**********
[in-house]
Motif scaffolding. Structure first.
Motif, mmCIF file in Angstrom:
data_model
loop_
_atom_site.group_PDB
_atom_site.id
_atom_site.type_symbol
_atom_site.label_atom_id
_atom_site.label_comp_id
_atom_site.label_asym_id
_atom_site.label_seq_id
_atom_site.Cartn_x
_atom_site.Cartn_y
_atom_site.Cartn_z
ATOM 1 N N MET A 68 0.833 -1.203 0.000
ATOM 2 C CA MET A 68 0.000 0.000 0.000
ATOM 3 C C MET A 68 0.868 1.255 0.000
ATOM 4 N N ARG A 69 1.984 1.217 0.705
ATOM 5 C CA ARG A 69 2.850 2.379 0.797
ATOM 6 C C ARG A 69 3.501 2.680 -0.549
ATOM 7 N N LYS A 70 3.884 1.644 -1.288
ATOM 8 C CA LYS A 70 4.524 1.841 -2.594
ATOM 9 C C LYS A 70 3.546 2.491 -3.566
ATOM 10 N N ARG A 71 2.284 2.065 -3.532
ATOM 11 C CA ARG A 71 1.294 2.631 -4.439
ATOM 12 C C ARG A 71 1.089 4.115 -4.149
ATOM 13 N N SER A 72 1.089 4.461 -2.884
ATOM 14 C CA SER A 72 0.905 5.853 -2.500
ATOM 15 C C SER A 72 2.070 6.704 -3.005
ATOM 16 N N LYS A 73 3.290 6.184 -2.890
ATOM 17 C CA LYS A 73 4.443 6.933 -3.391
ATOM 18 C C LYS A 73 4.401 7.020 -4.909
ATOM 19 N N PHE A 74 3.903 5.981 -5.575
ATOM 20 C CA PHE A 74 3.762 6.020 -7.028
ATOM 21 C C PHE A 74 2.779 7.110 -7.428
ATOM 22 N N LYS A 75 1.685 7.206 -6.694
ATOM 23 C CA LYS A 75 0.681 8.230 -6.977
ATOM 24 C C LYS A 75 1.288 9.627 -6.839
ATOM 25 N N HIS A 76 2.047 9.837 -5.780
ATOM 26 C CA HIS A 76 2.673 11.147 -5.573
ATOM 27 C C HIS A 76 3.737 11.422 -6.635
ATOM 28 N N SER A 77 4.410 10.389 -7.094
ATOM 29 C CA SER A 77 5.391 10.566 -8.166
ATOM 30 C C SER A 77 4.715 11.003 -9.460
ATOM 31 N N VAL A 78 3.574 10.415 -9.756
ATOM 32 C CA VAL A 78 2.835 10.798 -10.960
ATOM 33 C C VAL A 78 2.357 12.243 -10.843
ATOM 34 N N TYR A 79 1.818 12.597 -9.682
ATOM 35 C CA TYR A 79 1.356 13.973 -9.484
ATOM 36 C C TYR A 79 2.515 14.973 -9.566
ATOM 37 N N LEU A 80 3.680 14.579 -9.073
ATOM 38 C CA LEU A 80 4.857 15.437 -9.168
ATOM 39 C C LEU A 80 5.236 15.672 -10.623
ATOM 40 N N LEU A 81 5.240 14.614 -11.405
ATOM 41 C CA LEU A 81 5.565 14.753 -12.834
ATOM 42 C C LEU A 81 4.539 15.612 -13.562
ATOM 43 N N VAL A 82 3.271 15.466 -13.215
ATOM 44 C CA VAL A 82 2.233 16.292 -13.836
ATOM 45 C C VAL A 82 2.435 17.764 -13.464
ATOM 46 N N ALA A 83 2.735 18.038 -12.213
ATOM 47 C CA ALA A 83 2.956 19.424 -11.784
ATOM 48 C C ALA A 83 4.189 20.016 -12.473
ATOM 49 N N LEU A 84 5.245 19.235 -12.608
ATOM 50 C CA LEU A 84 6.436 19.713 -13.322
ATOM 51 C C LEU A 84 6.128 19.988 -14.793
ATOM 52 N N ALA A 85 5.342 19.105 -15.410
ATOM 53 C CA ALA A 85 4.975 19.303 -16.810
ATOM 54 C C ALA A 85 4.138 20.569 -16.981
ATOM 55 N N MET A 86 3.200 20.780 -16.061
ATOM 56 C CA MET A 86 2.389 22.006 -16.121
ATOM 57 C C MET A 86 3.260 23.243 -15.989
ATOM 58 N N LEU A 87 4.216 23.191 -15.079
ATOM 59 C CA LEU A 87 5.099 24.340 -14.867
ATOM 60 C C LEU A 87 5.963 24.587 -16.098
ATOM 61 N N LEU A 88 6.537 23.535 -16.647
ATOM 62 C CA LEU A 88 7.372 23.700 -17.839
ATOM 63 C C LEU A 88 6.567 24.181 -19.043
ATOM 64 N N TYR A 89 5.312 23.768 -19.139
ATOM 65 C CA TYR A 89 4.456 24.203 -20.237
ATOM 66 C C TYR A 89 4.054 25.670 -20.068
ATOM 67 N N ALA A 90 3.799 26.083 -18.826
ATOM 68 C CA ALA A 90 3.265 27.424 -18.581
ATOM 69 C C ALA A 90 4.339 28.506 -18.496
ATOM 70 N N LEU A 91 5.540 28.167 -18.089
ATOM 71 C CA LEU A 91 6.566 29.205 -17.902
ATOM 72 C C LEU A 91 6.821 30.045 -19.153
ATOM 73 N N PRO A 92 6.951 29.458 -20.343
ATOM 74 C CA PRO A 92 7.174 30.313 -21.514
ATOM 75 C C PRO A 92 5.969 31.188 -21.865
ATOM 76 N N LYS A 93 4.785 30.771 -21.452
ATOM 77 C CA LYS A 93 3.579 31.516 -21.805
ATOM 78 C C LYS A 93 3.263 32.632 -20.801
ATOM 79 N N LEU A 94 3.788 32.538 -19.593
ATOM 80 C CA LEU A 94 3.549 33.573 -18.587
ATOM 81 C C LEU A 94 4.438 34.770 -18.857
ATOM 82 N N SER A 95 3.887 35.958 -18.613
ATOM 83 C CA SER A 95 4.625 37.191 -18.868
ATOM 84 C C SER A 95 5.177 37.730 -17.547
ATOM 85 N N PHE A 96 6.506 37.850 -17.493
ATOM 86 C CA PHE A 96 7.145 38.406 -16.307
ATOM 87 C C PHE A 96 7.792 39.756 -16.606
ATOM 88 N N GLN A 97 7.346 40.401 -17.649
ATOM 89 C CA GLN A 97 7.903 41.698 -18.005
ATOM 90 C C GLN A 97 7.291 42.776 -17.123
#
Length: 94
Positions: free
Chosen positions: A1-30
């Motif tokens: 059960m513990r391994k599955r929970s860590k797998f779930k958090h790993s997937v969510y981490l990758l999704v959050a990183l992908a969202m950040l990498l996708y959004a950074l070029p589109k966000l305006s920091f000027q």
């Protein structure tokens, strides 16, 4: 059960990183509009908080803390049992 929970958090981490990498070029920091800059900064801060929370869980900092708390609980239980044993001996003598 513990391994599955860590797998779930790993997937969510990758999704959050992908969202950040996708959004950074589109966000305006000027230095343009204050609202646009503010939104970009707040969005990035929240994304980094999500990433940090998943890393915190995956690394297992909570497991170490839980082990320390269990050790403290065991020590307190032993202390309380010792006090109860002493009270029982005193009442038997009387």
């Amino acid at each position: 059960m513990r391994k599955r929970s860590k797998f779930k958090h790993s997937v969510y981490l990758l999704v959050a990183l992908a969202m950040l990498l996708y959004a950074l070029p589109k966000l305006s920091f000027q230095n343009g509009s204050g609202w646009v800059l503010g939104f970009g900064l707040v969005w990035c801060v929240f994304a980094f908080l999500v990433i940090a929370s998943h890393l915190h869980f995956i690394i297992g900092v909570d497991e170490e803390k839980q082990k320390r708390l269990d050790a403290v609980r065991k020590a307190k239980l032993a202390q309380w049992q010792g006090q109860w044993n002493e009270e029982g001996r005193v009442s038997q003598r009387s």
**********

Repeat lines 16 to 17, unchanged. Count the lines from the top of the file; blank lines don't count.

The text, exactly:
ATOM 1 N N MET A 68 0.833 -1.203 0.000
ATOM 2 C CA MET A 68 0.000 0.000 0.000